This is the first in a series of symposia hosted by the Centre for Postdigital Cultures (CPC) exploring contemporary approaches to experimental publishing. Over the course of the series, we will ask questions about the role and nature of experimentation in publishing, about ways in which experimental publishing has been formulated and performed in the past, and ways in which it shapes our publishing imaginaries at present. This series aims to conceptualise and map what experimental publishing is or can be and to explore what lies behind our aims and motivations to experiment through publishing. As such, it forms the first activity within the CPC’s new Post-Publishing programme, an initiative committed to exploring iterative and processual forms of publishing and their role in reconceptualising publishing as an integral part of the research and writing process, i.e. as that which inherently shapes it.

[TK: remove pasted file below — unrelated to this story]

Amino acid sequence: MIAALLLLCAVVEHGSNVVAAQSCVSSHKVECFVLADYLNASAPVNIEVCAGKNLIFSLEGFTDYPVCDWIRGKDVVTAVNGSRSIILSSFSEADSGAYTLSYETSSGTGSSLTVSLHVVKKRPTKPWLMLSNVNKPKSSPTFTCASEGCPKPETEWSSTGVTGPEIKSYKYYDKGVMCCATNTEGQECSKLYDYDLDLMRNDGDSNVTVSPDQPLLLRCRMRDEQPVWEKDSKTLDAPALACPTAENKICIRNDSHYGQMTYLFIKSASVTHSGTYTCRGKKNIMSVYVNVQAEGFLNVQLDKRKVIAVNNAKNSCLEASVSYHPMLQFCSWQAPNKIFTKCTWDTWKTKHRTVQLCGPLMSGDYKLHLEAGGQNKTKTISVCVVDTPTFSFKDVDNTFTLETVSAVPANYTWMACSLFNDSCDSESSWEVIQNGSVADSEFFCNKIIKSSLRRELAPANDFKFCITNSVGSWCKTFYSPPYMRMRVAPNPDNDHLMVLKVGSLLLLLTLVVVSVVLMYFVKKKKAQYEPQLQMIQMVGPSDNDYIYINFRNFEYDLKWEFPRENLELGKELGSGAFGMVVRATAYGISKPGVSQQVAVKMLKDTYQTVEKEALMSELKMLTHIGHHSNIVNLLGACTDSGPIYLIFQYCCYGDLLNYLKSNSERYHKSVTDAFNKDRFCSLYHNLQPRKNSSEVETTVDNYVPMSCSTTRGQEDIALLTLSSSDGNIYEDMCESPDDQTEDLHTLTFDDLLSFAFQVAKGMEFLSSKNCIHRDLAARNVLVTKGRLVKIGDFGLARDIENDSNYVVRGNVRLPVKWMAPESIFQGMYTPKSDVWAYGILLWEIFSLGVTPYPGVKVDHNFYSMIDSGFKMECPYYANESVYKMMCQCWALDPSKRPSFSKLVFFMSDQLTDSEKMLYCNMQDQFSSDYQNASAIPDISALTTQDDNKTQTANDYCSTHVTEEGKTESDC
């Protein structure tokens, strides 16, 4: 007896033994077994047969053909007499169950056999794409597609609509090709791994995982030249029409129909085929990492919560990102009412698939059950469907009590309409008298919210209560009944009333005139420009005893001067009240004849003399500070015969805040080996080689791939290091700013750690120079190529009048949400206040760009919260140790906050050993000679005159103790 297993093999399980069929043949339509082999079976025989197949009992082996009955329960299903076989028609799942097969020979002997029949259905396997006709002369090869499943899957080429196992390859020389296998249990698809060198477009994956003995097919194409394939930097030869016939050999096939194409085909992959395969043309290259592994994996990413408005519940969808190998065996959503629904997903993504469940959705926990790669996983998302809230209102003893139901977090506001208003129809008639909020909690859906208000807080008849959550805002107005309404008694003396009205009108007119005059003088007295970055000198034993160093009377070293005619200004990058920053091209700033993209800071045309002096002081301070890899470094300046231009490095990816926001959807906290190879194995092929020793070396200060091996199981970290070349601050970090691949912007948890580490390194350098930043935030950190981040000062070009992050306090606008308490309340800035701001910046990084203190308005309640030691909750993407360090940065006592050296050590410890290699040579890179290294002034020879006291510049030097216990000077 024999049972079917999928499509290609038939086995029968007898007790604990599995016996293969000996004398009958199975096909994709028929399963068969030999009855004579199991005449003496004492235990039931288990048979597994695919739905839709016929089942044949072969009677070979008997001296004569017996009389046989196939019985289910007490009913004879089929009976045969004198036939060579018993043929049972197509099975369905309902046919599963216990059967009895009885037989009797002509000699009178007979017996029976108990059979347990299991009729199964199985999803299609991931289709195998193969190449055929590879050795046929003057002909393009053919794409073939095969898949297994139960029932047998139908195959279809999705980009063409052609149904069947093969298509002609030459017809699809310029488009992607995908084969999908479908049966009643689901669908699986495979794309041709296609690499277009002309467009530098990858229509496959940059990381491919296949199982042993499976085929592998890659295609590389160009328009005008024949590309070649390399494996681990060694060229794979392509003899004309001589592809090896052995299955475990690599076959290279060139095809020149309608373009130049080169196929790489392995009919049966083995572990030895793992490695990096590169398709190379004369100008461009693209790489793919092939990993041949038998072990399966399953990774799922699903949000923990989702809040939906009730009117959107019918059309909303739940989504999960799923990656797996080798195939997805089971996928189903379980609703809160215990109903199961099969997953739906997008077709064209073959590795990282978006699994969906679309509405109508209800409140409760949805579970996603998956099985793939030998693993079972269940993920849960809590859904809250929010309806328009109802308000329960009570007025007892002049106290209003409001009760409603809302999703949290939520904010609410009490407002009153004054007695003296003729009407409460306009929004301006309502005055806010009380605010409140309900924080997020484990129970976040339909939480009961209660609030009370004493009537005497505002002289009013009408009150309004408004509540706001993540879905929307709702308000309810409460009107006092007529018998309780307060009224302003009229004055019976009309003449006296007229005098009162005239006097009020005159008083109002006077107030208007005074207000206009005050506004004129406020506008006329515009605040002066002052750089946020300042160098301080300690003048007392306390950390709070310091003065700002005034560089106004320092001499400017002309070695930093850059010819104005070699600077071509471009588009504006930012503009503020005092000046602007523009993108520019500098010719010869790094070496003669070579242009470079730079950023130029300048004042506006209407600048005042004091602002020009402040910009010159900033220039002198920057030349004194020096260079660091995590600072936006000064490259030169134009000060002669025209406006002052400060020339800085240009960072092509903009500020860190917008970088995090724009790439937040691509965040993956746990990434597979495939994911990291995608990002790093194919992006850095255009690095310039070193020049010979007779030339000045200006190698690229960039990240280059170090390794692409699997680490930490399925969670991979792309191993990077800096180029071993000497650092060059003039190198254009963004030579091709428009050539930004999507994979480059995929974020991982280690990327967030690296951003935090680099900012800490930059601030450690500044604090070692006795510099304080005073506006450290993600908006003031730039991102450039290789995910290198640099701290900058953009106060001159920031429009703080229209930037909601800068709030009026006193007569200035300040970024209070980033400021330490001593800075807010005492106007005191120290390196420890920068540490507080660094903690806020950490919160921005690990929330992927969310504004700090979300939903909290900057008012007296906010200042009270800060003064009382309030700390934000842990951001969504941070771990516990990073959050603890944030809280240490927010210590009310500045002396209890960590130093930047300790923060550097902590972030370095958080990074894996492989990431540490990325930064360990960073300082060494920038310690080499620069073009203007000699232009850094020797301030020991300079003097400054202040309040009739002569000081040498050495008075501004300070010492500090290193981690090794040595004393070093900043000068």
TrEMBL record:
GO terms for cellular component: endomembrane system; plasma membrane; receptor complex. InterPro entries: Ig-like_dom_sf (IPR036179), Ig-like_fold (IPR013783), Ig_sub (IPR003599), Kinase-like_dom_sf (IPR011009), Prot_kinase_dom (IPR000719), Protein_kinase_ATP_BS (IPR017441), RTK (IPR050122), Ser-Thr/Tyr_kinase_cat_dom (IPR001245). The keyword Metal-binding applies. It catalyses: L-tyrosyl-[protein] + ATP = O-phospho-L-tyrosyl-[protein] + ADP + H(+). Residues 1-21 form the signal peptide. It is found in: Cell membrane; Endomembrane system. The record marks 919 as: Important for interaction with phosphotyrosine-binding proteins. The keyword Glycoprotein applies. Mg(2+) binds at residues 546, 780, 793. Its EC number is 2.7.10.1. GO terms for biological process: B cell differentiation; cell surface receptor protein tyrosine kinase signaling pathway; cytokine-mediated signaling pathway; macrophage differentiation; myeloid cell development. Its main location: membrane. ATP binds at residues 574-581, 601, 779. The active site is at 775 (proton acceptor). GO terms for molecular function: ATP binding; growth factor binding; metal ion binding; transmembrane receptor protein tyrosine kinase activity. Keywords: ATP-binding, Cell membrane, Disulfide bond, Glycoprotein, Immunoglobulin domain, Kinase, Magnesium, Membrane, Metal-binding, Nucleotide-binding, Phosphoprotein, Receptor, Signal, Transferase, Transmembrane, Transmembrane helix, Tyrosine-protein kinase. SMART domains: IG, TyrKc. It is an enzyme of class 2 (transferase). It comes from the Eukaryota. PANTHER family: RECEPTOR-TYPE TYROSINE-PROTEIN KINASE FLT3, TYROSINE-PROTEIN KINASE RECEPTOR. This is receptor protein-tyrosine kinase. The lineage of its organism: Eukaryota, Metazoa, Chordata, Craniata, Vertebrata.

Rebekka Kiesewetter holds a Lic. phil. I (MA) in art history, economics and modern history from the University of Zurich. Her works in critical theory, practice and making as critique focus on the intersections of experimental publishing, architecture, arts, artistic research, and the humanities.

Eva Weinmayr is an artist, educator, researcher and writer based in London and Gothenburg investigating the border crossings between contemporary art, radical education, and institutional analysis by experimenting with modes of intersectional feminist knowledge practices. She currently conducts a PhD on micro-politics of publishing at Valand Academy, University of Gothenburg and runs together with artist Rosalie Schweiker AND Publishing, a feminist publishing practice based in London.

AND Publishing, The Piracy Reader, 2014